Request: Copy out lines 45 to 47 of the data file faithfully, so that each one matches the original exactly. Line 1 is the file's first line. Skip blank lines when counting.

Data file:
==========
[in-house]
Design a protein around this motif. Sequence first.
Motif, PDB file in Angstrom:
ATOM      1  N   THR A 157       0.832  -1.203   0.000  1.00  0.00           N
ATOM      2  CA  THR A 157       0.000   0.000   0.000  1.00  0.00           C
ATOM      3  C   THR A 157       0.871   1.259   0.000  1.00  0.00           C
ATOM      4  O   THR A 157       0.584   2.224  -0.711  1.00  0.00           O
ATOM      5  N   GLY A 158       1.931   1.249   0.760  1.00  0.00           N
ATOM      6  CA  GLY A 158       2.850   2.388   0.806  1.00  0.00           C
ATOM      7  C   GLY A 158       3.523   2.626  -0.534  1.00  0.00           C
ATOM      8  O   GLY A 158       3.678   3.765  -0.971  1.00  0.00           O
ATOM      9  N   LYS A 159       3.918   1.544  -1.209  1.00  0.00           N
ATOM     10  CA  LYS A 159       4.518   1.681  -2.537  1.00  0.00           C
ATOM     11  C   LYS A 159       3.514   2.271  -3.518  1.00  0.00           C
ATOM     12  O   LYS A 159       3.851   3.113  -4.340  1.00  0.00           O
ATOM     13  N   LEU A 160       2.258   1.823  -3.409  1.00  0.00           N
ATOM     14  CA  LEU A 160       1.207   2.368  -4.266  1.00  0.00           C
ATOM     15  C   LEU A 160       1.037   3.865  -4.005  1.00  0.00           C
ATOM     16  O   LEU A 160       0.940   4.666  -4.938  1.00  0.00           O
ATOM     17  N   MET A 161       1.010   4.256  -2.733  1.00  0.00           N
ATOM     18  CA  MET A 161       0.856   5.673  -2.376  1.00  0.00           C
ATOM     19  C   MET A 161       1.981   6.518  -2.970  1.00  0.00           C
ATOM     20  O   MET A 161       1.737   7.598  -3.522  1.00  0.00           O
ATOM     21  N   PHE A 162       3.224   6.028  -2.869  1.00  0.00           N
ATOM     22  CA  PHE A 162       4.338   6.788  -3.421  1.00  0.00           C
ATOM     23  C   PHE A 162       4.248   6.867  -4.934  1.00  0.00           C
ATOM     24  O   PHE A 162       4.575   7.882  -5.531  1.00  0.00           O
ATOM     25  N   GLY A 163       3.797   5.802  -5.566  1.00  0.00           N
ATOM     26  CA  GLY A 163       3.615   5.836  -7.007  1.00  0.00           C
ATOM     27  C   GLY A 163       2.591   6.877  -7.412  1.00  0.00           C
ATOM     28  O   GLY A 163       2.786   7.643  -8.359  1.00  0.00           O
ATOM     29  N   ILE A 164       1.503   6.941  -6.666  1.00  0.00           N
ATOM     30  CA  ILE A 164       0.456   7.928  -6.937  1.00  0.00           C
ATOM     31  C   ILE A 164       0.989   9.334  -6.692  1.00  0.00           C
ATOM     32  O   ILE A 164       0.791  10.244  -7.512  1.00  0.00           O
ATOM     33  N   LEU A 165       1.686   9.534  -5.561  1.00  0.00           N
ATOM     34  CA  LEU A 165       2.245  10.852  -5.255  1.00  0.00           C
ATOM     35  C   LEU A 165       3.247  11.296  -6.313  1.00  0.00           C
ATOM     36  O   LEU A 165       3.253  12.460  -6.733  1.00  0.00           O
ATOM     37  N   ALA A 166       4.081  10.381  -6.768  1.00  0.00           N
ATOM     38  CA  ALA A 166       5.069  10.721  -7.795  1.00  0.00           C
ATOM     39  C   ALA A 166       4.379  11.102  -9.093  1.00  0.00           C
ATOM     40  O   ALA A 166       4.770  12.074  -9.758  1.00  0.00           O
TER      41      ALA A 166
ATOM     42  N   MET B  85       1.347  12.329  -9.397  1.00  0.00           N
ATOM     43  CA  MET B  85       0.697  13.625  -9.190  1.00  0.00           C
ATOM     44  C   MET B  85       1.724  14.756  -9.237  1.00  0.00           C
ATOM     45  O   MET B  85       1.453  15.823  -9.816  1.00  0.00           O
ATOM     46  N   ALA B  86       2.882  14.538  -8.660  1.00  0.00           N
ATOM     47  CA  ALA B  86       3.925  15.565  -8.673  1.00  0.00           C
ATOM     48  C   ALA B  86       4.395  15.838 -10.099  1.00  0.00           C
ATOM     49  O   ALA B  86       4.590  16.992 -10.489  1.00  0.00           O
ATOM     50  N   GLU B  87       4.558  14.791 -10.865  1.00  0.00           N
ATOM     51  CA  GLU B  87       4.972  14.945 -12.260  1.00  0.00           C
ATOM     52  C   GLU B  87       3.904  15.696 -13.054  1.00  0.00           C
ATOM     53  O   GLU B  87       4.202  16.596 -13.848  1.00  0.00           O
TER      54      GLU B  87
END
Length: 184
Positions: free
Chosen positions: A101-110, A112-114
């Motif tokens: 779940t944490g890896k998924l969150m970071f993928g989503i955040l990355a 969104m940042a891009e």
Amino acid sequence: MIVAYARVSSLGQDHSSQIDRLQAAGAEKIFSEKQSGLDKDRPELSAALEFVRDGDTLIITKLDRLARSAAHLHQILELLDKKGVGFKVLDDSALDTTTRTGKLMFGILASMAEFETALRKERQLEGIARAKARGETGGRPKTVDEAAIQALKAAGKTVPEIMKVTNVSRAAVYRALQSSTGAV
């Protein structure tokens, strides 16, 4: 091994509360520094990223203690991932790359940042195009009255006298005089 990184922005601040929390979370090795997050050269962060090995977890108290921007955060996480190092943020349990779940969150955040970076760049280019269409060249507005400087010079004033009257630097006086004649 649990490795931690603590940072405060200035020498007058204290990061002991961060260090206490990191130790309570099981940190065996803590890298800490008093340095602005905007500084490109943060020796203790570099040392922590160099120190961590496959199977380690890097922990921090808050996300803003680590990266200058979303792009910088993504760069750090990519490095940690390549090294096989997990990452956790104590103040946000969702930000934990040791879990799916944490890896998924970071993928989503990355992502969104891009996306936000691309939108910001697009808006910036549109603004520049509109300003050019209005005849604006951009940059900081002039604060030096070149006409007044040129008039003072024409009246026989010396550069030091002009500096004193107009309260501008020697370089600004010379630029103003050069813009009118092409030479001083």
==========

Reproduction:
ATOM     42  N   MET B  85       1.347  12.329  -9.397  1.00  0.00           N
ATOM     43  CA  MET B  85       0.697  13.625  -9.190  1.00  0.00           C
ATOM     44  C   MET B  85       1.724  14.756  -9.237  1.00  0.00           C